Thursday, May 20, 2010

Homemade Clothes: a skirt sewing challenge has begun!

My friend, Marigold over at Hideous, Dreadful, Stinky! is holding a fun selfish sewing challenge for the next few weeks. I'm up to it!  This skirt is kind of cheating, as i sewed it prior to a party a few months ago. Yes, i was invited to a party and had nothing to wear: so i made something! My friends think i'm a little crazy. They're probably right.
Here is the pattern that i sort of used.
And here is how it turned out:
Materials: Sheet bought for about 50 cents at Thrifttown, buttons from a bag of buttons i've had since high school, and thread.
**PS: The pattern calls for a long piece for the waistband that has a tie closure. I hate skirts with tie closures so i used my machine's super fancy and fascinating automatic button hole maker thingy and used buttons. This leaves a bit of a gap at the hip that i should really add more buttons to, but i don't mind showing a little skin!

I love my new sewing machine's fancy stitches. Makes ME feel fancy too! I plan on making another version of this skirt with shorter length. I like the tight/high waistband. It reminds me of 50s housewife era fashion, or maybe poodle skirts? It goes just great with the little off shoulder tank/tee of my gramma's.
Check out Marigold's blog, and get in on the challenge!

Wednesday, May 19, 2010

Wholesome Wednesdays: Corn

Corn is unfortunately wrapped up in a lot of controversy. Should it be grown for fuel? For food? For animal feed?  I'd rather not delve into those topics. I have some strong feelings on the subject, but i'd rather not bring those into this particular conversation at this time.
My focus for today's post is the healthfulness human consumption of corn.

I think we all know that corn will not be in the upper echelon of healthy foods: it's sweet! So it must be high in sugar. That being said, it's still a vegetable, and i'll bet it's packed with fiber, cuz it's also filling! So whatever the pros and cons turn out, i will still vote that grilled corn in the cob on a Summer evening is just the best!

The World's Healthiest Foods has some great stuff to say about corn. Corn contains folate and fiber that are good for the cardiovascular system and prenatal health. Beta-cryptoxanthin, an orange yellow cartenoid, is a great cancer fighter found in plants like corn, papayas and other red/orange veggies/fruits.

Calorie give Corn an A! Whippee:
As i guessed: lots of fiber! Corn gets lots of good points for its minerals, vitamins and fiber. Not a lot of calcium though (remember to eat your greens!). At 77 calories for an ear about the size i'm growing, i could indulge in two! Interestingly, neither or nutrition data give corn any bad points, including sugar. So i guess it's not as high in sugar as i thought. You can see from the diagram that the sugar and dietary fiber are about equal. Right on. Corn IS good for you!

One last comment on the healthfulness of corn: Nourishing Traditions has some things to say about the consumption of corn in its natural state. As we all know from high school social studies/history classes, native peoples from this continent (american) have been eating corn as part of their traditional diets for hundreds of years, along with beans to form a pretty darned balanced diet. Wasn't until modern processed corn got into their diets that problems started showing up. Today you're probably eating most of your corn in the form of processed corn syrup, salty chips, or straight off the cob.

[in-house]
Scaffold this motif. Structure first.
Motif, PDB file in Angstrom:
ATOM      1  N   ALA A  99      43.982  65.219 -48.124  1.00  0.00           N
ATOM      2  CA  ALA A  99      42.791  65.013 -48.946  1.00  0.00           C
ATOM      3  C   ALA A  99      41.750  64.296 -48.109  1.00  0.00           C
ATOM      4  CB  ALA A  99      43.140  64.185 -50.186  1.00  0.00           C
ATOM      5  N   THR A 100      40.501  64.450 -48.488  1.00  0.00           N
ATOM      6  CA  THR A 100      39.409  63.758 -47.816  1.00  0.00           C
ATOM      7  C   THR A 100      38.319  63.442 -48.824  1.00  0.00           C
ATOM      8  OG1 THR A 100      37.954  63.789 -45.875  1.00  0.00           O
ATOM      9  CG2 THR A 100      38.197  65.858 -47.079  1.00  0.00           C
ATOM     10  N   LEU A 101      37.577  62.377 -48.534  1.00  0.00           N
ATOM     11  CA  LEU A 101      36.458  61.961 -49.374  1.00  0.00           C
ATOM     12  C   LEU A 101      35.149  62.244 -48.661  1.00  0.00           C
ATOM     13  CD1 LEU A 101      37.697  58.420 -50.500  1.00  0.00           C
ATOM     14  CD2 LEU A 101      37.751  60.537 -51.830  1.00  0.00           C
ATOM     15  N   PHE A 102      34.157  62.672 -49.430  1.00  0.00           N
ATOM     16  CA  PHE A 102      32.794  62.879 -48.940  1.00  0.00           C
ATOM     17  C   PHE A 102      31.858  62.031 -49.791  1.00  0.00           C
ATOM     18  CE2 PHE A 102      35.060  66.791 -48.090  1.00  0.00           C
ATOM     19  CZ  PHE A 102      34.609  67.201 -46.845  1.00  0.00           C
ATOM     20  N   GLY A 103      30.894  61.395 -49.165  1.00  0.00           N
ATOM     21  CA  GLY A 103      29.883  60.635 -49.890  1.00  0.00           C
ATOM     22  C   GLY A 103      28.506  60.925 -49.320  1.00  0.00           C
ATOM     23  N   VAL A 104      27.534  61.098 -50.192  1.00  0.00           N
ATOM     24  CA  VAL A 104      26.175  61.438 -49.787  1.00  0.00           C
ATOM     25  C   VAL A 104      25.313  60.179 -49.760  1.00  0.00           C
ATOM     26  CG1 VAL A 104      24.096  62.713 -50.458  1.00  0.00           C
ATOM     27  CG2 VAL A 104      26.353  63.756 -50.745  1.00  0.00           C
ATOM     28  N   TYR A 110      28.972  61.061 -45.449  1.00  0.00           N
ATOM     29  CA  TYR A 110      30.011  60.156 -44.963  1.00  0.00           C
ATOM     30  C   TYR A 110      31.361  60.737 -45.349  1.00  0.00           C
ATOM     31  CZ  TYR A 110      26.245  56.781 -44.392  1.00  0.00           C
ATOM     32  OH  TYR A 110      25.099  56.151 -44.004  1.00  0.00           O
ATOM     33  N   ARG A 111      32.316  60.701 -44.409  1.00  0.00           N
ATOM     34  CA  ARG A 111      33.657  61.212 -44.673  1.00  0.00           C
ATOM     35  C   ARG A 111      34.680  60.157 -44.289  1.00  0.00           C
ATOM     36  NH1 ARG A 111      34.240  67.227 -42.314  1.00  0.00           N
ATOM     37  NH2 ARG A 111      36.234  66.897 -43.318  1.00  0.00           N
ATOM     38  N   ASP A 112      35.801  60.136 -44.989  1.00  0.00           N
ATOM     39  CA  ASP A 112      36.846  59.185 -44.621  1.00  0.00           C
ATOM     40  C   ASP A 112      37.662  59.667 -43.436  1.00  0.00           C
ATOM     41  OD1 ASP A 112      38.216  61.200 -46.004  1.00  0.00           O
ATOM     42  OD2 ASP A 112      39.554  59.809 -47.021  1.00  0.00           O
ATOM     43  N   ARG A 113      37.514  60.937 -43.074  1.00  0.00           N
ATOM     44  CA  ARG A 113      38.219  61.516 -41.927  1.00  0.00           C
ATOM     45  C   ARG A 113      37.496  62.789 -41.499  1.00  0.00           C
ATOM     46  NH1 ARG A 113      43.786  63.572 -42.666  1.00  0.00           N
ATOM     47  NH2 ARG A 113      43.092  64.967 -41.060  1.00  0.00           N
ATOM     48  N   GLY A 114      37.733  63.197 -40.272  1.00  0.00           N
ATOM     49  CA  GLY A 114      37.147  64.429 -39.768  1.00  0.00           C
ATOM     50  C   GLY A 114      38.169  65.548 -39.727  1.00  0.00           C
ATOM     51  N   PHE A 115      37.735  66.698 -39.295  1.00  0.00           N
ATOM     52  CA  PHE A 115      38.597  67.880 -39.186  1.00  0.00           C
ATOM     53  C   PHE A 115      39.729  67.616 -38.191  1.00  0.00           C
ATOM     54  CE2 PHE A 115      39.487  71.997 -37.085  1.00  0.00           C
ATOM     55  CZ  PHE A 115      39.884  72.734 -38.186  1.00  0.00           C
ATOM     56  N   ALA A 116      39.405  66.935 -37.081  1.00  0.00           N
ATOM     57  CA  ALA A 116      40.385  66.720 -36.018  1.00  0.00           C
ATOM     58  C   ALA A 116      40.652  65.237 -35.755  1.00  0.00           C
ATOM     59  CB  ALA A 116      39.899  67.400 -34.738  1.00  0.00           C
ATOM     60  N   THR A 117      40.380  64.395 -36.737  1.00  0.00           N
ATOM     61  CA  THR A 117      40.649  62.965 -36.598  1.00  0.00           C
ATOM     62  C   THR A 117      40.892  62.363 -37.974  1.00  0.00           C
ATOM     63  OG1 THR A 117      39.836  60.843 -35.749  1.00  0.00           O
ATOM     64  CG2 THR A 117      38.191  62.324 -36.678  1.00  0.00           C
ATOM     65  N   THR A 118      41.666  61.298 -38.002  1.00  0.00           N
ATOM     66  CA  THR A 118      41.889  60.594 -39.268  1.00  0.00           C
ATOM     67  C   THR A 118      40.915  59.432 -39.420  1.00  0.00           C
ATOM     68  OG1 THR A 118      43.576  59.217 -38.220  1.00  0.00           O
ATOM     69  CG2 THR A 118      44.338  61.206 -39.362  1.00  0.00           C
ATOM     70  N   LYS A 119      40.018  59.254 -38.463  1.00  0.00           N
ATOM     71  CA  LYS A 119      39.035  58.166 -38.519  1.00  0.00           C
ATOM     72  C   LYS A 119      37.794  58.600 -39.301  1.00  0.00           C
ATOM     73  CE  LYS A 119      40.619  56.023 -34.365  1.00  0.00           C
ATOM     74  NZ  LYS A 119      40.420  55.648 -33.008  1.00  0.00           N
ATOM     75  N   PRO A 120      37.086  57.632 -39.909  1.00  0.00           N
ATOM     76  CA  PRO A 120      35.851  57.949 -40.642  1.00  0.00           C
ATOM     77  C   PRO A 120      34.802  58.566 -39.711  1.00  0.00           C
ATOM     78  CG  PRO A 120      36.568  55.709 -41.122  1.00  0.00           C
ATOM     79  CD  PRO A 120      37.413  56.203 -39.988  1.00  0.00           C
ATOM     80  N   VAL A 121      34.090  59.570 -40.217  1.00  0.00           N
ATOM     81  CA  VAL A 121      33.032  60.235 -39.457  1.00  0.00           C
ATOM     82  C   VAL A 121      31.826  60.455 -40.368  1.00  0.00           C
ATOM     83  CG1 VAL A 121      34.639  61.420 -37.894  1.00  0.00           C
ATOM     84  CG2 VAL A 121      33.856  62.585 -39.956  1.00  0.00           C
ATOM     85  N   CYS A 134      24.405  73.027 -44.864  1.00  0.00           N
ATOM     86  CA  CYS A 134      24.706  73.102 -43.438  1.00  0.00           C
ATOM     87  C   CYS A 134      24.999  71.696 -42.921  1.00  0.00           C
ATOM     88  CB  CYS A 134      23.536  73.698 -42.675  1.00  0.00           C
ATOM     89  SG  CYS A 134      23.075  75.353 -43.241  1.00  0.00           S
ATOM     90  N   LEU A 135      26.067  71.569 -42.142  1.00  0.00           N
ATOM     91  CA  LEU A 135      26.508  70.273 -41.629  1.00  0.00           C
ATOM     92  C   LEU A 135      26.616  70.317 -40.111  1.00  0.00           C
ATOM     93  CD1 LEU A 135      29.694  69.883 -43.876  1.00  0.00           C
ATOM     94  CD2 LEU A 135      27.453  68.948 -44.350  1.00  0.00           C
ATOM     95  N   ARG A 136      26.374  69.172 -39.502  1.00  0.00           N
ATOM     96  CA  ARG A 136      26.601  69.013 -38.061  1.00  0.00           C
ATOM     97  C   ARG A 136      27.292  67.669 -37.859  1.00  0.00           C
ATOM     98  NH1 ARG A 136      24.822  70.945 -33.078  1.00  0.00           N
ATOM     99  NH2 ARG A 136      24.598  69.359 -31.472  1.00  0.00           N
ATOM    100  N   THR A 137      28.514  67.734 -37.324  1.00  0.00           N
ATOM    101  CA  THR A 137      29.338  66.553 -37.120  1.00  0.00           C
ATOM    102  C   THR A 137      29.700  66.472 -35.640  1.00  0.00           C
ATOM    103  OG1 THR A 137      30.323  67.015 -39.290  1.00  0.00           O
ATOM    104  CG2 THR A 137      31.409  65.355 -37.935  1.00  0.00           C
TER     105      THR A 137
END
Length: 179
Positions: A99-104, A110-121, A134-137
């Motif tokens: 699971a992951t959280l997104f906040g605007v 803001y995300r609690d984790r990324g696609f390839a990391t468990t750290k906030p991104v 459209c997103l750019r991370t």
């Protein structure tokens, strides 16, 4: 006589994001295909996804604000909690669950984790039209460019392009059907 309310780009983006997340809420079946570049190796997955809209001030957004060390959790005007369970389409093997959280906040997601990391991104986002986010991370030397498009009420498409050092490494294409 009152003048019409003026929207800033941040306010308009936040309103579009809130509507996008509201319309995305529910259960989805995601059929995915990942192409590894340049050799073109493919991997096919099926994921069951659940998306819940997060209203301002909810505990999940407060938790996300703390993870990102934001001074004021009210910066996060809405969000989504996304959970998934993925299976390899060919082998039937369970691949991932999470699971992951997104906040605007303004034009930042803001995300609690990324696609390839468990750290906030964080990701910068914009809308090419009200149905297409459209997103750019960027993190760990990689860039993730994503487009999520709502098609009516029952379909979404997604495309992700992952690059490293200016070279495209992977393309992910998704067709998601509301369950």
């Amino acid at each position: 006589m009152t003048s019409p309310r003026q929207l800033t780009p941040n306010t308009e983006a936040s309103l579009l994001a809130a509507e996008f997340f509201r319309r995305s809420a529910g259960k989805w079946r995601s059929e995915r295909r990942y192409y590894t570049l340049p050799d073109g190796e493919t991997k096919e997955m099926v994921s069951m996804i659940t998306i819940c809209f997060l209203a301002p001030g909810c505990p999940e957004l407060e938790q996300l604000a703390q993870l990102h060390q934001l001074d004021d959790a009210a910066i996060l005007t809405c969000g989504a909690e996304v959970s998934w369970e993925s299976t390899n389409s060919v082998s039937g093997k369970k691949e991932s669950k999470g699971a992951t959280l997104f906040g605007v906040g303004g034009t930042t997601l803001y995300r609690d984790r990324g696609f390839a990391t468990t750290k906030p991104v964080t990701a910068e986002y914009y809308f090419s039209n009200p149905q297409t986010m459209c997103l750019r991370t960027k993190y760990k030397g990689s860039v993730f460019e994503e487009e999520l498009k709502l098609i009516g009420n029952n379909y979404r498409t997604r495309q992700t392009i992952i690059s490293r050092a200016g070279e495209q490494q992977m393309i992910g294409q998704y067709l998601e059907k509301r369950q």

Traditional recipes call for soaking corn or corn flour in lime water. (the mineral, not the fruit). This releases nicotinamide (vitamin B3), which otherwise remains bound up in the grain. Soaking also improves the amino acid quality of proteins in the germ. - Nourishing Traditions, Sally Fallon
 Masa flour is flour ground from corn kernels already soaked in lime - thus corn tortillas as a healthy part of the diet. I'm in fact planning on making some tortillas this weekend when i host a Ladies Night at my little homestead.

So, enjoy your Summer corn when you get it. Resist the urge to buy corn at all times of the year, despite its now being available in groery stores most of the time. Reconnnect to the earth and the growing season near you and enjoy its natural bounty. You'll be eating more delicious/fresh food, and your purchase power will send a strong message of your preference for sustainability to your grocer.

I can't wait to harvest a few of these guys this weekend. (Harvest corn about 18-24 days after the first silks appear and they've withered, and the ears feel full. Don't let it get old and tough, enjoy it fresh and sweet!)

What should i do with my first ears of corn? Grill, boil, eat it raw? Give me some ideas.

Tuesday, May 18, 2010

My New Pondlet

A month or so ago i decided that my Summer project this year would be to put together a little pond in the back. I wanted to use a found/reclaimed/recycled horse trough type container, rocks from around the place, and cheap little feeder fish. I thought about using a fountain/bubbler of some kind, but preferred attempting a natural balance with plants and fish oxygenating and cleaning each other.